A slightly chubby Frenchman in a dark suit takes his turn to be immortalised in his portrait. Unfortunately, it goes unfinished. His facial features are murky, his clothes unremarkable, and some parts of the canvas are even untouched. But when it goes under the hammer at Christie’s New York in October, it would make history.
That is the story of Edmond de Belamy, a subject created by an artificial intelligence (AI) that is set to be auctioned off for the first time.
Gone are the days where AI is only useful for setting the thermostat. While “painting” might be a stretch to call it (there was no paint involved), we might have finally taken a step in the right direction of humanising AI. Obvious, a Paris-based art collective, has designed an algorithm that can create lifelike artwork. They used the method of Generative Adversarial Networks (GANs) to not only create the portrait of Edmond, but also that of an entire fictional Belamy family.
The algorithm to create the Belamy family was fed a series of 15,000 portraits from the 14th to 20th century. It then generated a new image based off the set before going through a test to determine if it was created by a machine. If it can successfully fool itself that the image was painted by a human, then it passed. Think of it as a Turing test, but for art.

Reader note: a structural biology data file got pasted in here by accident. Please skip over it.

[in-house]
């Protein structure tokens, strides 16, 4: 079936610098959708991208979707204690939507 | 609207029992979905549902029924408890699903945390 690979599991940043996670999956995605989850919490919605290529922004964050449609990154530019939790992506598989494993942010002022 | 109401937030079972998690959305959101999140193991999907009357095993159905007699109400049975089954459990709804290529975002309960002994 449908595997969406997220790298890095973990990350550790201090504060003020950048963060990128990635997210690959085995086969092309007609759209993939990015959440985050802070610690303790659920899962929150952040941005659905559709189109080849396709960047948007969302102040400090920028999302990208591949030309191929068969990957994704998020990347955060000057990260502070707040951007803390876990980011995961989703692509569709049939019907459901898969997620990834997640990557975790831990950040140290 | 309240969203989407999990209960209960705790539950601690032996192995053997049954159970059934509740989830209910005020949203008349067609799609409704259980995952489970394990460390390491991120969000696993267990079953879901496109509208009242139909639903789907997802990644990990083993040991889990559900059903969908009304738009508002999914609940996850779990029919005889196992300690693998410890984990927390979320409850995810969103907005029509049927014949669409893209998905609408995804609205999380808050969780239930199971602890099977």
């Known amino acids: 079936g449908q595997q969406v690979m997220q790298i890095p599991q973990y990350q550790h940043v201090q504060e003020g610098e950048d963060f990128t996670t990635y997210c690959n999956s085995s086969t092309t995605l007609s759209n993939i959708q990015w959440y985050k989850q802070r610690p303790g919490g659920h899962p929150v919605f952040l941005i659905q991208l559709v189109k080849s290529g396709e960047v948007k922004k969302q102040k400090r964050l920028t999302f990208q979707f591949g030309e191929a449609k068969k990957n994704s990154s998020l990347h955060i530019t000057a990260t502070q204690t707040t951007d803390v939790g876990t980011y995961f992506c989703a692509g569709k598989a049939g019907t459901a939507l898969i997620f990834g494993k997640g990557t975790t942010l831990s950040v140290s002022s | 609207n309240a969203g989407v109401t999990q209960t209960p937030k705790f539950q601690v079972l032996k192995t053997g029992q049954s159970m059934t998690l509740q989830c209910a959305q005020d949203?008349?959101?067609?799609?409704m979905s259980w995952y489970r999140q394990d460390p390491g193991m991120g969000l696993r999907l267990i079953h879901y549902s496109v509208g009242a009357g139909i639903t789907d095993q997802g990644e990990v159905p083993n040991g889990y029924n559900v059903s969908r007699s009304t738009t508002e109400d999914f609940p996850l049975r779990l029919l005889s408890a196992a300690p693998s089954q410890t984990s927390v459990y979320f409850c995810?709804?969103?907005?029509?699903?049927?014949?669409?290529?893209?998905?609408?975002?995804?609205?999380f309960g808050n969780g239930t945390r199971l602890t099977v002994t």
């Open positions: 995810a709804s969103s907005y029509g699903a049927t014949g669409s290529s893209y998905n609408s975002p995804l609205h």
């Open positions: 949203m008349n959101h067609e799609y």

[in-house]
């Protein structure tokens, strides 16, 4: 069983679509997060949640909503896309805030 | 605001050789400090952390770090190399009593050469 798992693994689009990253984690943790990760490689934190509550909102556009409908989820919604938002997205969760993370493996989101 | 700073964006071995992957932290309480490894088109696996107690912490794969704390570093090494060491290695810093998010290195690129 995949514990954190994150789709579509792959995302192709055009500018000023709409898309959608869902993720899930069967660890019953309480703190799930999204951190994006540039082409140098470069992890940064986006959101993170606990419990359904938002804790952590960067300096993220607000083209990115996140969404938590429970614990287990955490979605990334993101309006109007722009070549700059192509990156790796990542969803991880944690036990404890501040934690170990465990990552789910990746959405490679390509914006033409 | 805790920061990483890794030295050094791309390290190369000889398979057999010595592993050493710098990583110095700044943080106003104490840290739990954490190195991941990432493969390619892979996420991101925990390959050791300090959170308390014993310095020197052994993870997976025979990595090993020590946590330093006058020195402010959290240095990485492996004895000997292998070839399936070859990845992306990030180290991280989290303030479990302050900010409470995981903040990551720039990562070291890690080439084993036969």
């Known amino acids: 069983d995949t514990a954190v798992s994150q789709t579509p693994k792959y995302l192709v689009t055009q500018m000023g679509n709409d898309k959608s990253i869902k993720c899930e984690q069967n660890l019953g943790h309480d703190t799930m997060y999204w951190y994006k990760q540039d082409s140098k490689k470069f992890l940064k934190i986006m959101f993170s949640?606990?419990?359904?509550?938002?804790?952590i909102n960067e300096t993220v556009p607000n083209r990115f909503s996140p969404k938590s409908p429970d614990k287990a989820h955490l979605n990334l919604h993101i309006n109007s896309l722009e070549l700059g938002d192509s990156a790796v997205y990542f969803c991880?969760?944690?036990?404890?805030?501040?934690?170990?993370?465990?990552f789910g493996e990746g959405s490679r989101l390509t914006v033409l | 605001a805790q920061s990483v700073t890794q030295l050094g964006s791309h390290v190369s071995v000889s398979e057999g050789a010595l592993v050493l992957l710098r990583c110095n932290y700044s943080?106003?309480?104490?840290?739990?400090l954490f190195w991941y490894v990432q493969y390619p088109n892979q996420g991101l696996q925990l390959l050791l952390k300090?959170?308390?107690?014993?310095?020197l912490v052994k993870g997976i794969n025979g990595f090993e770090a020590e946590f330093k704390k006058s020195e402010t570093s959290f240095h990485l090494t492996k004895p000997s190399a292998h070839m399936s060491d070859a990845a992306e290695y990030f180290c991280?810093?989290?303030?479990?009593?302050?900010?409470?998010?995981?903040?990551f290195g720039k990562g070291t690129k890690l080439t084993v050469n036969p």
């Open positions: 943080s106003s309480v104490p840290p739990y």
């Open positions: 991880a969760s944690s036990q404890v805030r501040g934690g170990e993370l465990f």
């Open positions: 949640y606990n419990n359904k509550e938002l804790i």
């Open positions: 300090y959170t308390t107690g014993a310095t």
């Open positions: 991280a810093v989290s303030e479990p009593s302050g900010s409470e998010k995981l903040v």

This begets the question of the authorship of the painting. Is it man or machine? “If the artist is the one that creates the image, then that would be the machine,” Hugo Caselles-Dupré of Obvious said to Christie’s. “If the artist is the one that holds the vision and wants to share the message, then that would be [Obvious].”
Edmond de Belamy’s portrait is not the first time art has been created by machines. GANs have been exploring the more creative potentials of artificial intelligence since 2017. Called CANs (creative adversarial networks), these algorithms are creating artwork that might not necessarily fit into any style or era. Some AI-generated paintings have even been ranked higher than those done by humans.
Maybe in the next few centuries, machine-generated paintings would fetch prices higher than what the Renaissance-era maestros are seeing today. For now, however, “Edmond de Belamy” is estimated to go for somewhere between €7000 to €10,000 (S$11,150 to S$15,900) during the Prints & Multiples sale at Christie’s that would be held from 23 to 25 October 2018.
(Featured image: Obvious/Hero image: Christie’s)